Brooke Brimo is an Honours Political Science student at McGill University. In her Feminist and Social Justice Studies class, she researched discrimination against transgender people in American workplaces. She was inspired by the story of Ginger Chien, a transgender device architect at AT&T. This company is at the forefront of social change, yet even the most progressive organizations have room for improvement. This is a summary of Brooke’s research paper.
Transgender people’s rights at work have recently come under threat. The Civil Rights Act, which prohibits sex discrimination in the workplace, no longer protects against discrimination based on gender identity or transgender status.
In light of this, top-ranked businesses have implemented an unprecedented number of transgender-inclusive affirmative action initiatives. 83% of the Fortune 500 now have gender identity non-discrimination policies, 55% offer inclusive healthcare coverage, and 450 major businesses have transition guidelines, dramatic increases from previous years.
Although changes in company policy can greatly improve transgender employees’ quality of life, they are insufficient to eliminate prejudice when they are not accompanied by changes in workplace culture, and in the ideas and beliefs that employees hold.
Some Important Terms Explained
Male and female anatomical characteristics.
The internal feeling of being male or female.
Those whose gender identity and biological sex match.
Those whose gender identity and biological sex do not match. To align their external with their internal self, they may choose to change their name, dress differently, take hormones, or have surgery.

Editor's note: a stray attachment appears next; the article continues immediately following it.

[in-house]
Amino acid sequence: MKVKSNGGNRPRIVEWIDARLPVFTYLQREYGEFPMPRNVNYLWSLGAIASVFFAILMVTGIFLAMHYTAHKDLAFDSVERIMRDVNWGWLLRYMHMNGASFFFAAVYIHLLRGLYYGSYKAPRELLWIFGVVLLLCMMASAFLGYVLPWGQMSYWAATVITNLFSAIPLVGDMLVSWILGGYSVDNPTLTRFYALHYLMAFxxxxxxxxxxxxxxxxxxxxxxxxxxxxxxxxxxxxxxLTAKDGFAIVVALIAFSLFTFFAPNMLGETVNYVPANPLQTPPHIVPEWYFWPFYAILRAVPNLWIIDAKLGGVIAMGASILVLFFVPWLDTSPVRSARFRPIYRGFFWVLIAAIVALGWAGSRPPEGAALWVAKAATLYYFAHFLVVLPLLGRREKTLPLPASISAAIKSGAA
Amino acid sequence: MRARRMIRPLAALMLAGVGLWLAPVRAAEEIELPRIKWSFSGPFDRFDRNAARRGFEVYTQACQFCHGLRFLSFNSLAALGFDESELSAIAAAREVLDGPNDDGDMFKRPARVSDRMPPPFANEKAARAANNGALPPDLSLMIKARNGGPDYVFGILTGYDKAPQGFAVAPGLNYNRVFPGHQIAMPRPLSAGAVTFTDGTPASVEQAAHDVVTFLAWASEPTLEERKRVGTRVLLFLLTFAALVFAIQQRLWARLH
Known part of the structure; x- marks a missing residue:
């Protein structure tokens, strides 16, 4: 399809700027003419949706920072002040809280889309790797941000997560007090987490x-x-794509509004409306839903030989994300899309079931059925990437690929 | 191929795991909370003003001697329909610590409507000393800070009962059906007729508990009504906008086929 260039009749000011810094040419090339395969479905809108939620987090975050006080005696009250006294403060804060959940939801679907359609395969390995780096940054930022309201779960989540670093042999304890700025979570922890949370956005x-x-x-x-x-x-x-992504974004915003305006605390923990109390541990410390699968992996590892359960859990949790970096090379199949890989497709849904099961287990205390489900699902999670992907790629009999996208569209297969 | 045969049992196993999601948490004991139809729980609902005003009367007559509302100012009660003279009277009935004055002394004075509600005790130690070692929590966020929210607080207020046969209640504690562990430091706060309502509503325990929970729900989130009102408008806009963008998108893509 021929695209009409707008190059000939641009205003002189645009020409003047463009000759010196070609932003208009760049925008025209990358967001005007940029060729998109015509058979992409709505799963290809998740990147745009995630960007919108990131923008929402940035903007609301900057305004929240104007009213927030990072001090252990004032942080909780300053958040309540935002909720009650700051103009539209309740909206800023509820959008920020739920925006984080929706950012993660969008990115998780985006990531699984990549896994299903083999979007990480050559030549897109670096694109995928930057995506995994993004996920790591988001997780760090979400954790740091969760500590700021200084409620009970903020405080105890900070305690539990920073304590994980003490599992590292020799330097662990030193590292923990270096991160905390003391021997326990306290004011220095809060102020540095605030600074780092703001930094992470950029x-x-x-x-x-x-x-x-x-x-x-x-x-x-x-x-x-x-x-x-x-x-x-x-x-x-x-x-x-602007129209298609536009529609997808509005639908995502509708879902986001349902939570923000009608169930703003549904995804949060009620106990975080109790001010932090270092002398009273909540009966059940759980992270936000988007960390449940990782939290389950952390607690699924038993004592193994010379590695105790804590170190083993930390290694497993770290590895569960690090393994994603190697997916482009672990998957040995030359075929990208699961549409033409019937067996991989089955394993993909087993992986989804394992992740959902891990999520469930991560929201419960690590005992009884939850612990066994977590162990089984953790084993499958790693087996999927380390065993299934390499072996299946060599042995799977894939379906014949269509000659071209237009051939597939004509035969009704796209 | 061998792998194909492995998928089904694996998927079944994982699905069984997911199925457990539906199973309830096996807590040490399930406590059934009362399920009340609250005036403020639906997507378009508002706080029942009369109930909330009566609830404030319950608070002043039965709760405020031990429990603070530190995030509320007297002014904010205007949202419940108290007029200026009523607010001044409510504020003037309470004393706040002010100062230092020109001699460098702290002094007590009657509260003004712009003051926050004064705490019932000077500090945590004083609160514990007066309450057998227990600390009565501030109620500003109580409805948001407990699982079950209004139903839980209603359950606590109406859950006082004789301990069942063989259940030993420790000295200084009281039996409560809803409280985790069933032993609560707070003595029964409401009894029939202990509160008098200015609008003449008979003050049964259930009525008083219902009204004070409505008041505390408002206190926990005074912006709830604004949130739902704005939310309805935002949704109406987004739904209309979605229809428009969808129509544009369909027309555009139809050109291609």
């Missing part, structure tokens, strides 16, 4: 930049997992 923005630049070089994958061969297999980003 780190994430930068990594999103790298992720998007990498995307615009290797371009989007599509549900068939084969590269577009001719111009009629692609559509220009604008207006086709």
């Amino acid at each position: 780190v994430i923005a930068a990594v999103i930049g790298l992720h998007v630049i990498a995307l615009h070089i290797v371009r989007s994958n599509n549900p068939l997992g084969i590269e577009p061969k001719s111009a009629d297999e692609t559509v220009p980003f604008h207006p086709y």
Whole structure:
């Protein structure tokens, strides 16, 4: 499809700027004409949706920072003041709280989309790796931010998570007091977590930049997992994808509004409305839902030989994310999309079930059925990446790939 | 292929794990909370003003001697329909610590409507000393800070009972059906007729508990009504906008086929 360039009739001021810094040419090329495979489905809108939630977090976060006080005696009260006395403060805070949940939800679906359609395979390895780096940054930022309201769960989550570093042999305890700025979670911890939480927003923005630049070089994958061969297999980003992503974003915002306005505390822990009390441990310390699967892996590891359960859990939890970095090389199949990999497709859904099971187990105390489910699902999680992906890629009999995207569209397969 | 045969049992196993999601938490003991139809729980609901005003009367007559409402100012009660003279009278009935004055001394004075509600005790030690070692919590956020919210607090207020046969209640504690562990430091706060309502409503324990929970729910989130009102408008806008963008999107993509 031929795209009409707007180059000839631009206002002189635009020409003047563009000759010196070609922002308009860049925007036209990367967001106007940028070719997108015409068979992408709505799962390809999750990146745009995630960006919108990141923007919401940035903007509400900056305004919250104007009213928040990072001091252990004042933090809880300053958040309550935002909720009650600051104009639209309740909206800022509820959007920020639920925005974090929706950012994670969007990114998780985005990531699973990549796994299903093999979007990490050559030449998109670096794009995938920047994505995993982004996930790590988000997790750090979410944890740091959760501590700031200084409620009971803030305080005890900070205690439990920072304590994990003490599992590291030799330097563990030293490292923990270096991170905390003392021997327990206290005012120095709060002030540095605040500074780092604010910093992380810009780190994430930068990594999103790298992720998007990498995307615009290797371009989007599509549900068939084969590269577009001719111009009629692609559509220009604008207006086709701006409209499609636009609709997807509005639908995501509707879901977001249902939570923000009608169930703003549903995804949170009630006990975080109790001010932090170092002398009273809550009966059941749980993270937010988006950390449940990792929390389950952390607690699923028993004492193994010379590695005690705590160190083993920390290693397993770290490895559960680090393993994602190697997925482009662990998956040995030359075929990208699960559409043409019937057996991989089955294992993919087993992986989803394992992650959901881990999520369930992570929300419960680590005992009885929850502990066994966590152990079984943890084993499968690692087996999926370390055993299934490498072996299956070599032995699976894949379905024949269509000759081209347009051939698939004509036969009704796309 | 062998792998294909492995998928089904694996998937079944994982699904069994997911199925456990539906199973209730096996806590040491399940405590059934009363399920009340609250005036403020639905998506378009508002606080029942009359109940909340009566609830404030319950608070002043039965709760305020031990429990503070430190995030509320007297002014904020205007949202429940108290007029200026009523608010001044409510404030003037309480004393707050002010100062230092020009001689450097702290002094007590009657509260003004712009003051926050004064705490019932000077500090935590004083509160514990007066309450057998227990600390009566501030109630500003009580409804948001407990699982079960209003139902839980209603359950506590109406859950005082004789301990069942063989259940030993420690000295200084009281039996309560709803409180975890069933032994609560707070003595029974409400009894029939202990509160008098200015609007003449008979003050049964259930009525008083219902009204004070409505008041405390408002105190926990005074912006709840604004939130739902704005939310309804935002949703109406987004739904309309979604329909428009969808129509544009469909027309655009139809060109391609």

The deeply held assumption that cisgender people are “normal” and transgender people are “abnormal.” Many of us may unintentionally think this way, since transgender issues only recently entered mainstream consciousness. We must challenge this assumption.
What Workplace Discrimination Looks Like for Transgender Workers
Most workplaces are not neutral settings that reward workers on merit alone. Two forms of inequality exist: an organizational chain of command and a hierarchy of social privilege. Employees’ position within the social structure (for example, in terms of gender, race, and sexual orientation) helps or hinders their advancement in the workplace structure.
Since “transgender” is a broad term, there is no universal transgender workplace experience. According to Kristen Schilt, trans men generally report increased perceptions of authority and competence relative to their female counterparts, fewer unwanted sexual advances, access to male-dominated social circles, and greater opportunities for career advancement.
Trans women, however, are treated with less respect, given fewer opportunities for advancement, and expected to take on a different role within the gendered division of labor. Ginger Chien writes: “Being mostly successful at ‘passing’ as female… comes at the cost of dignity. I worked hard to exit the box of male conformity — only to land in another box.”
Chien also states that “There are countless forms of exclusion, rejection and danger unique to transgender people. I have been treated in demeaning ways as a woman, harassed and accosted for being transgender, and now see myself being written out of society by new laws.”